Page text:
Sip of Science: The Silica Sand Mining Boom in the Central Midcontinent: Why the Boom, Why Here, and Why the Controversy?
Wednesday, April 10, 2013 - 5:30pm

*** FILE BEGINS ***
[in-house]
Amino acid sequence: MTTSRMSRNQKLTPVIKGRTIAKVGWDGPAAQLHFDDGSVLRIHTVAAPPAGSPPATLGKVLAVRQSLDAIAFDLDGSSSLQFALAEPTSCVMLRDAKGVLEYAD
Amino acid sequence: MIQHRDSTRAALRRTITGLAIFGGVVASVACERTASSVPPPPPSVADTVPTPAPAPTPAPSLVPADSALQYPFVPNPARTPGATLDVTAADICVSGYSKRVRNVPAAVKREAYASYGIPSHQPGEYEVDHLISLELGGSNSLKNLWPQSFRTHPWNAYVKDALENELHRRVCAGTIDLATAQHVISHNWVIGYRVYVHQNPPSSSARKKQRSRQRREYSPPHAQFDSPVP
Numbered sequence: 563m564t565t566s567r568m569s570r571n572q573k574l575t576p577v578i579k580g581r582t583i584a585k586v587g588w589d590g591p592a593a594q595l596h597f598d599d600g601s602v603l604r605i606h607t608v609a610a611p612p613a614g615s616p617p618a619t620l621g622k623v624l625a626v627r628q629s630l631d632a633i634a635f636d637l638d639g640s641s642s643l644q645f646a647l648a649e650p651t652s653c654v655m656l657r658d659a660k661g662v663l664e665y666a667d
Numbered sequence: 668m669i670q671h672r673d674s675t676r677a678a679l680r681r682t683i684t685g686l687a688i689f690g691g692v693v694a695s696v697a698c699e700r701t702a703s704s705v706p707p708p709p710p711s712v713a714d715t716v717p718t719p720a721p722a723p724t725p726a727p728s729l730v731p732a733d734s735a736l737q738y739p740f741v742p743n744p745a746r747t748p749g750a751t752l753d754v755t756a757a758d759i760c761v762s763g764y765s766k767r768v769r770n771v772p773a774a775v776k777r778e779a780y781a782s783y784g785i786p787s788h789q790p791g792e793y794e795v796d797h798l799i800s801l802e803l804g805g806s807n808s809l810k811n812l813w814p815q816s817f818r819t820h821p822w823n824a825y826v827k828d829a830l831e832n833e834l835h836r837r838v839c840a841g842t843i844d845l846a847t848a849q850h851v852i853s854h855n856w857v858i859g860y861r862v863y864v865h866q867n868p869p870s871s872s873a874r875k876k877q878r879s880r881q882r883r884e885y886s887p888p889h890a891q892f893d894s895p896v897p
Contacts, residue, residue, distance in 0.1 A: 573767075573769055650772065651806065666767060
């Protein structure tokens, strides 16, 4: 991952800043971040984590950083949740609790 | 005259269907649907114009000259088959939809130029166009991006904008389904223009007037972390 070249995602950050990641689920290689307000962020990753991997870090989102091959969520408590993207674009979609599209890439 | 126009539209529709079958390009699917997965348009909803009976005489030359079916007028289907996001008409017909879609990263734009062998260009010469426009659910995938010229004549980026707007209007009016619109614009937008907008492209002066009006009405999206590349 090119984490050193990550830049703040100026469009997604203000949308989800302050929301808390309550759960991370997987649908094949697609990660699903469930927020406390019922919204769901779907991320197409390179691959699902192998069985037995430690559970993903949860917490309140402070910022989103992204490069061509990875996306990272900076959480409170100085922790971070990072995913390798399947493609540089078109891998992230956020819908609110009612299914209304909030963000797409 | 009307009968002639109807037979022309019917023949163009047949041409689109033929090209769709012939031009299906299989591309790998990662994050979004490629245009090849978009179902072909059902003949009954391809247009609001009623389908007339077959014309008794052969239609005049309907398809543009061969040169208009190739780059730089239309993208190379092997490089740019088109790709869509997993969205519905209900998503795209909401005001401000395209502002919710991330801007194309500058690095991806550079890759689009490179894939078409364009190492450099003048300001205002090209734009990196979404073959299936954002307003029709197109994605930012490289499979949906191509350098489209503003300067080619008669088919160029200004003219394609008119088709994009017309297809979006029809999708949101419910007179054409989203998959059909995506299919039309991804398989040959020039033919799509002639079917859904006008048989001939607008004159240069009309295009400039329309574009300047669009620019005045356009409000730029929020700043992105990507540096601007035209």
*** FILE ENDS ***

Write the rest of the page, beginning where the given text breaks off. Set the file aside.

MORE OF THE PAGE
The recent rapid expansion of silica sand mining in the central United States is driven by demand for proppant, a material used in hydrofracking to keep fractures open as oil and natural gas are extracted from the subsurface. Certain bedrock layers in the Midwest region, especially parts of Minnesota, Wisconsin, Illinois and Iowa, are dominated by sand grains particularly well suited for use as a proppant. These layers are well known to both sedimentologists and industry as some of the most "mineralogically and texturally mature" sandstone on Earth. Tony Runkel from the Minnesota Geological Survey will provide an overview of the expansion of silica sand mining in this region, including geologic interpretations of why our "mature" sand is so special, and why the expansion has been controversial.
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